Comedy and wrestling make great tag-team partners | Lorcan Mullan on his twin obsessions

Comedy and wrestling make great tag-team partners

Lorcan Mullan on his twin obsessions

When I was six years old two different stories greatly affected the rest of my life. The first one was when my best friend recited Jasper Carrott's 'nutter on the bus' routine and caused my cheeks to ache from laughter.

Soon enough I was obsessed with my fellow Brummie comic; a man who rarely gets the credit he deserves for paving the way for the alternative comedy scene of the late 70s. I taped, watched and re-watched his TV shows. I recorded my stepfather's vinyls onto cassette and listened to them as I fell asleep. I eventually moved beyond my first comedy hero to dive deeper and deeper into a world that I've since then never wished to leave.

The second story was narrated by my cousin Matthew, the closest I came to having an older brother (apart from my older brother, but that's not important right now). He recounted – move-for-move, blow-for-blow, preposterous-gesture-for-preposterous-gesture –the legendary WrestleMania VI main event clash between Hulk Hogan and The Ultimate Warrior. From that day to now I have been fascinated with the unique, bizarre and operatic world of professional wrestling.

In 2010, I wrote and performed a comedy show in the 30-seat function room of a pub on Leith Walk during the Edinburgh Fringe called Confessions of a 'Smart' Wrestling Fan.

As far as I'm aware, that was the first time a full solo comedy show had been performed at the Fringe that was completely themed around pro wrestling. That's not to say it wasn't the first time wrestling and comedy had interacted. The brilliant Wil Hodgson had used his past life as a grappler as a source for some of his wonderful anecdotes.

Reports of retired wrestlers in the US turning up to the occasional comedy show in the States had started to surface on wrestling websites. Andy Kaufman had famously inserted himself into the hotbed of Memphis wrestling when he was one of the biggest stars in Hollywood. Current WWE poster boy John Cena had recently starred in the future classic Fred: The Movie.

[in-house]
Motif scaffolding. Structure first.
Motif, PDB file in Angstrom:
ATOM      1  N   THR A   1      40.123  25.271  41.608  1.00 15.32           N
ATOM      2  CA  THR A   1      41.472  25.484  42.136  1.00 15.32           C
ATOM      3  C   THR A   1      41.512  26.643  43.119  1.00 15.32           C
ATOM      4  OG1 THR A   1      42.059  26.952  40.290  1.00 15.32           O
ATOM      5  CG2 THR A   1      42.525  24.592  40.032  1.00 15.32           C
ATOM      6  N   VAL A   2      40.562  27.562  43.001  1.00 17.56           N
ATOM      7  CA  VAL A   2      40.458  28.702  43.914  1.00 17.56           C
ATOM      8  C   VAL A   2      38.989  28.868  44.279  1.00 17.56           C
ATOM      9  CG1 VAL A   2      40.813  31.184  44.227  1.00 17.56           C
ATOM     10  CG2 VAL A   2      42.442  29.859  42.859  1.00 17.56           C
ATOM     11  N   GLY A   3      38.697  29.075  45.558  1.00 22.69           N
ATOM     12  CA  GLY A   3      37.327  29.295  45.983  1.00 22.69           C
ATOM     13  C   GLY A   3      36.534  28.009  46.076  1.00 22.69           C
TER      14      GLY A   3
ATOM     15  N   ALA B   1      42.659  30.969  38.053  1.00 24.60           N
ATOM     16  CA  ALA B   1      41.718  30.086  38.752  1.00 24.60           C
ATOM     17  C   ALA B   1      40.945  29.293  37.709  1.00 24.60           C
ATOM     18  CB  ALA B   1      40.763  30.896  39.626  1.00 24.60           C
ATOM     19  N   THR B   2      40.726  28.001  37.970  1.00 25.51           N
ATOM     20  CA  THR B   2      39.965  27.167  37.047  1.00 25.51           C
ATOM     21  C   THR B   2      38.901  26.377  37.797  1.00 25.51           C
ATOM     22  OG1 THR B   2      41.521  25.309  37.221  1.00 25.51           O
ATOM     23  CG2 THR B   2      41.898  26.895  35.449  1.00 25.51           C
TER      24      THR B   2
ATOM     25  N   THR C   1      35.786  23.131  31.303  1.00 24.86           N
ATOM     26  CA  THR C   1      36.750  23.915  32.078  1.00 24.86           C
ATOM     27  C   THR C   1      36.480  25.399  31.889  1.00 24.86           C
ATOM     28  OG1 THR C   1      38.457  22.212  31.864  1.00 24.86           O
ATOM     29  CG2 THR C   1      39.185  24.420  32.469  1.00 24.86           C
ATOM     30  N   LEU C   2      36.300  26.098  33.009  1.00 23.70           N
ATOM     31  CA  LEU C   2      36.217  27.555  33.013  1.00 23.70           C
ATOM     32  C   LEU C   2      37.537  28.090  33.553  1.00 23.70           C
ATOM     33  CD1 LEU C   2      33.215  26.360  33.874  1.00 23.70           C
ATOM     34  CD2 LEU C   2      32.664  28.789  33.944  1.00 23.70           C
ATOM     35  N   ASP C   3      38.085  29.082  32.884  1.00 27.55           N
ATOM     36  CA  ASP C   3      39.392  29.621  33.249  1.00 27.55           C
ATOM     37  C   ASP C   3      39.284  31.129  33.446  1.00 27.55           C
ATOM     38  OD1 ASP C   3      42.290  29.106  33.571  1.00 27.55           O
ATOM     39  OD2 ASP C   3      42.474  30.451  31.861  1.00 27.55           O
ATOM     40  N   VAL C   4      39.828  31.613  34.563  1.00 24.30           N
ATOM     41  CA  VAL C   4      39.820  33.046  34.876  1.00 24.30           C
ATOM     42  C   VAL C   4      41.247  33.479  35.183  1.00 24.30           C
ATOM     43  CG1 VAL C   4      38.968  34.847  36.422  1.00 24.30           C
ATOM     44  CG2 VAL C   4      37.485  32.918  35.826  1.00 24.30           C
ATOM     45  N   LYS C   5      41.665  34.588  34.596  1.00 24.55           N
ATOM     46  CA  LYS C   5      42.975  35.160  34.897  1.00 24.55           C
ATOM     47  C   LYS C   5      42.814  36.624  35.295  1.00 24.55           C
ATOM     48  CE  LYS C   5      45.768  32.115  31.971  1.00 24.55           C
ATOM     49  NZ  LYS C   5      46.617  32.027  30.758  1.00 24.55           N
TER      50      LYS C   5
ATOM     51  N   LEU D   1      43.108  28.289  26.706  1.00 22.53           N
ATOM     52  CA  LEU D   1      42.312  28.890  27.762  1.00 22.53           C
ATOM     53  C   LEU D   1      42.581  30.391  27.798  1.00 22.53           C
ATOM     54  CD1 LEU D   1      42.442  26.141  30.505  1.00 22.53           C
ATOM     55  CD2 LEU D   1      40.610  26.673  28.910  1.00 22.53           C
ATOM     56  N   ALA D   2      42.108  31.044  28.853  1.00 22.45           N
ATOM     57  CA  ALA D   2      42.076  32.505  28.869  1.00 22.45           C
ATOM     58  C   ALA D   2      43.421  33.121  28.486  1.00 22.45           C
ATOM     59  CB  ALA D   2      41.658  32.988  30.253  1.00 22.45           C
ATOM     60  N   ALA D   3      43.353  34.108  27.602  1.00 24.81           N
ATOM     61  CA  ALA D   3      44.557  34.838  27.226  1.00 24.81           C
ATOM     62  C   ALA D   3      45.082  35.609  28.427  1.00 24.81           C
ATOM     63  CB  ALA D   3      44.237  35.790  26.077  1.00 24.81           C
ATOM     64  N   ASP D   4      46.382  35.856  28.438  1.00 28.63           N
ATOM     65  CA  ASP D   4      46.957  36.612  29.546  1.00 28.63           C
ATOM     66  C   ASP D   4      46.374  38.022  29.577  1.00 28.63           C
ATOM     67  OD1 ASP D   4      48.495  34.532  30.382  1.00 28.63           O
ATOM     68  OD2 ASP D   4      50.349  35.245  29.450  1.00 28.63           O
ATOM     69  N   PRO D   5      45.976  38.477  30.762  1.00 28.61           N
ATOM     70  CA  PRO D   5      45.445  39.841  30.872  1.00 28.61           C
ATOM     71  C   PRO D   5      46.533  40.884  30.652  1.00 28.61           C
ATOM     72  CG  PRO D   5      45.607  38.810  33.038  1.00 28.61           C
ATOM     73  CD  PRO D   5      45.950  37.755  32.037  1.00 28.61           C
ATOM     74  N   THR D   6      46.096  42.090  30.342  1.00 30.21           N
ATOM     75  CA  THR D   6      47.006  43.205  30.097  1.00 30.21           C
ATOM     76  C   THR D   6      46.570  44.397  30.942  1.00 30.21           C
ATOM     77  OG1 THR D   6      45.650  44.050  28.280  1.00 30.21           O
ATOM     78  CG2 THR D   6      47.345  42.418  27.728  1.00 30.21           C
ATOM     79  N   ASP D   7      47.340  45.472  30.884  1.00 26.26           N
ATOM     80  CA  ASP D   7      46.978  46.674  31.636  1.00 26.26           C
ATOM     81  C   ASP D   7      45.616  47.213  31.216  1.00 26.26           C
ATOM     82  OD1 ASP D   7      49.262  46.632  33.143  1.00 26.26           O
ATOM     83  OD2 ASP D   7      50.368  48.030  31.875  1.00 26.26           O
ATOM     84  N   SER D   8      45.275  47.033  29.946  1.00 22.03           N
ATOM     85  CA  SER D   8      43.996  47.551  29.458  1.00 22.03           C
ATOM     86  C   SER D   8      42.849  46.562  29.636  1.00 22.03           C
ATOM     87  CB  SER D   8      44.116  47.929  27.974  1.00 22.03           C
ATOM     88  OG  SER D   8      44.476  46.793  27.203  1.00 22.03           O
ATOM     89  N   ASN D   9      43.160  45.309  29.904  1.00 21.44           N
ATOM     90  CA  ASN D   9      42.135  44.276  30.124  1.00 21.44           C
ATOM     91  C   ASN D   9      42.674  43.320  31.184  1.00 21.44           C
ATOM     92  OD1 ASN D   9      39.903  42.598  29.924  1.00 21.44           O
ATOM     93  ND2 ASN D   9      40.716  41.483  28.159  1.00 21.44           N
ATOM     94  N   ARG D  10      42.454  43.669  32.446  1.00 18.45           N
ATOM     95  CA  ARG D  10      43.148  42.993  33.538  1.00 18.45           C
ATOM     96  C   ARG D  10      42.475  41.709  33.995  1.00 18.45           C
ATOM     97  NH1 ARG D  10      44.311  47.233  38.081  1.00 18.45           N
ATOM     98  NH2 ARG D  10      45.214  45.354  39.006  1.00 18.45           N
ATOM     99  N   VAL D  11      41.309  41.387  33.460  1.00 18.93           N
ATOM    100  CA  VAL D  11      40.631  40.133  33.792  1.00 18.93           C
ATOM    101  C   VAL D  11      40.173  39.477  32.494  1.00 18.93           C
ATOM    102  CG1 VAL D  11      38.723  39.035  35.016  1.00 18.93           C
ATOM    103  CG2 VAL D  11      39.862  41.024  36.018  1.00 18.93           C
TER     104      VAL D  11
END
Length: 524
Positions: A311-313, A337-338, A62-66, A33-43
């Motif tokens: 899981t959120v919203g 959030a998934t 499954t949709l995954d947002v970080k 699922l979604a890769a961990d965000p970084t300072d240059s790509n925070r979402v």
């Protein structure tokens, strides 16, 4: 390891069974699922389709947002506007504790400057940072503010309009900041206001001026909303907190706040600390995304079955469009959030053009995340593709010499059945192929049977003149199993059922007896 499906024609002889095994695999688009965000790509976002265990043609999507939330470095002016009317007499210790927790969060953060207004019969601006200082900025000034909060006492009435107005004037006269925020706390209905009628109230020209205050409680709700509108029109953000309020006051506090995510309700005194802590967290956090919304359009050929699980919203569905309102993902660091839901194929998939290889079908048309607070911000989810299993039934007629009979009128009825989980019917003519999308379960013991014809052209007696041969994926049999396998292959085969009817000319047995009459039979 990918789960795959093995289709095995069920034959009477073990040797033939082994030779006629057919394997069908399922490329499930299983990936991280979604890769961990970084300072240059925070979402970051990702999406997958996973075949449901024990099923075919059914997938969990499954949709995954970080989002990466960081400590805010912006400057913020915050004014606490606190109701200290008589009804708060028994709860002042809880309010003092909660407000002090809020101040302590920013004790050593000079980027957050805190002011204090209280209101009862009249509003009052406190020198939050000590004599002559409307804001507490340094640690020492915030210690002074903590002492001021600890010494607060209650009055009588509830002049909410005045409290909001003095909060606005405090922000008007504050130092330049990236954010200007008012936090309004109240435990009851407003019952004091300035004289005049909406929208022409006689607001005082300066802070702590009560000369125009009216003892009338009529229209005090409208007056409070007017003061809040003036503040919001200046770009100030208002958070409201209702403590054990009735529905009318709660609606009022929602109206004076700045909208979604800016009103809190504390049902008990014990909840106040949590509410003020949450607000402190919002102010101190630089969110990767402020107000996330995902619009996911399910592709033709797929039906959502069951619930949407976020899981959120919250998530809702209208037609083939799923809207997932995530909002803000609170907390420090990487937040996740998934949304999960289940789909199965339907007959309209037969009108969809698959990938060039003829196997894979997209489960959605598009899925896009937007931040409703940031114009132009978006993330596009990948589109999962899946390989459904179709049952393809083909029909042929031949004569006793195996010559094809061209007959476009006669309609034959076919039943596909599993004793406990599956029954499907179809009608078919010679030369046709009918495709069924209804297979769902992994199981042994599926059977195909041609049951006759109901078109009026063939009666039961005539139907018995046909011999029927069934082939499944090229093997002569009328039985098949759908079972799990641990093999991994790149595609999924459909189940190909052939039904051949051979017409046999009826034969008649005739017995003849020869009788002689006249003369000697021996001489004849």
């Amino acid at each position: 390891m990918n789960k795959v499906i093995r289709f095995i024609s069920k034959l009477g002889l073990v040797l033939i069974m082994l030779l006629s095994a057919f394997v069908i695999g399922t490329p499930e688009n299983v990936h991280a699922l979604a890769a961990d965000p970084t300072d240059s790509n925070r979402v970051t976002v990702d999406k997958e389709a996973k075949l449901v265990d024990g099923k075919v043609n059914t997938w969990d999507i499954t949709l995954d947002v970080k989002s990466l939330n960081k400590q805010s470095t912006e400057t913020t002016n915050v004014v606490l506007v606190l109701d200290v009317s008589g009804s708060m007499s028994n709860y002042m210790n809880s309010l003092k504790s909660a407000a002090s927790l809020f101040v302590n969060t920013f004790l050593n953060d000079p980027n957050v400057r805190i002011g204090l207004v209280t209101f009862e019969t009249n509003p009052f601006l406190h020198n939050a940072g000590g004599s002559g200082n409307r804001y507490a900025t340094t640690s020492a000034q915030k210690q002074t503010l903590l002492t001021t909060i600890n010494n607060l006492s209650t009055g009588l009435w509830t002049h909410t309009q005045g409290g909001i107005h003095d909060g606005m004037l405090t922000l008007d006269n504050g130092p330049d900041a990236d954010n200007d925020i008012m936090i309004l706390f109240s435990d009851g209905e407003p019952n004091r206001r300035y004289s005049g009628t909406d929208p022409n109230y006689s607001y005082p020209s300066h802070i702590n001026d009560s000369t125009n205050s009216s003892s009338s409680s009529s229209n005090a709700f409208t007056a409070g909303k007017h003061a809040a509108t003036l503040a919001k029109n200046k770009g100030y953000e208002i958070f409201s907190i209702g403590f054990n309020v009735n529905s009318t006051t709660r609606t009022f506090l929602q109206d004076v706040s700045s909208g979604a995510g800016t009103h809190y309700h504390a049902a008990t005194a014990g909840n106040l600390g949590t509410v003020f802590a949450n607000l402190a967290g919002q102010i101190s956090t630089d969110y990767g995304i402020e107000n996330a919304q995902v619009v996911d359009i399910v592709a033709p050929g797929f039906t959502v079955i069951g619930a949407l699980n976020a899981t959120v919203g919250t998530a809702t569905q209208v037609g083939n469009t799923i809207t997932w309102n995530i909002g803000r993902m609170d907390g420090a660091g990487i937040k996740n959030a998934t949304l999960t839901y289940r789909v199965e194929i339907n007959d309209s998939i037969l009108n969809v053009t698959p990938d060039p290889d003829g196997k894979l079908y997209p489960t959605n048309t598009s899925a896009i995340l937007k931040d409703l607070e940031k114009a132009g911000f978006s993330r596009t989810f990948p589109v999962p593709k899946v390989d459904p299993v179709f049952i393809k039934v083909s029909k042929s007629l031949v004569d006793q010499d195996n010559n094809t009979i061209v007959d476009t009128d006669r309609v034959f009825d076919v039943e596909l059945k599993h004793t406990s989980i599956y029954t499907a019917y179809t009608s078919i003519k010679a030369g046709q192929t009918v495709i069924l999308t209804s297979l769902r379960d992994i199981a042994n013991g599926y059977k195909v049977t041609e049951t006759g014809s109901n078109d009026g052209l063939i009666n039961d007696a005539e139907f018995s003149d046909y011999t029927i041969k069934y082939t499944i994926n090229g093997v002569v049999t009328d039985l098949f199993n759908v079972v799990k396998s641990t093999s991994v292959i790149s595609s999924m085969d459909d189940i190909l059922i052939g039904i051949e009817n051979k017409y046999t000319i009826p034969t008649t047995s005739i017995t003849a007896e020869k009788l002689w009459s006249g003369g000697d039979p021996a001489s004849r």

Nevertheless, I was still sure that this was going to be a pretty unusual offering in a festival of more than 1,000 shows. Sure enough, I received interest beyond what I should have expected for a debut show with little to no marketing.

In the years that have followed my show, Max Oleskar has organised two amazing wrestling and comedy spectacles at the enormous Pleasance Grand that were the hottest tickets going both years – and which makes its debut at the Melbourne Comedy Festival later this month..

Brendon Burns spent every late night of last year's Fringe hanging out in the packed Stand with fellow stand-ups and cult comedy wrestler Colt Cabana, watching rubbish wrestling matches and providing Mystery Science Theatre-style commentary to the even-more-ridiculous-than-usual exploits taking place in the ring.

Long-time wrestling fan and top comedian Chris Brooker has booked a number of hit stand-up/one man shows with various wrestling legends as the headline acts, such as hardcore wrestling icon Mick Foley, British hero William Regal and play-by-play commentary legend Jim Ross, with plenty more planned for the future.

I'm not saying I'm directly responsible for those events. In fact, I'm absolutely certain of that fact. However, if I do reach my goal of touring the original 'Confessions' show, I intend to market myself as 'the John the Baptist of wrestling-based comedy'.

As I found out more about my twin obsessions I realised that professional wrestlers are probably the closest comedians have to kindred spirits in entertainment. They are both art forms that were founded in the US: stand-up was born in lounge and jazz clubs, whereas wrestling came from the travelling carnivals.

In many ways they're performance art at its purest – a stand-up is usually just a person on a raised stage with a microphone; wrestling is on a different kind of raised stage where the performers use their bodies to communicate to the audience. They both rely on exaggerated facial expressions and heightened emotional conflict. Those that are truly dedicated to these respective crafts will often travel hundreds of miles to spend no more than a few minutes performing in front of small numbers of potentially indifferent punters because of the passion they have in their oft-derided art forms.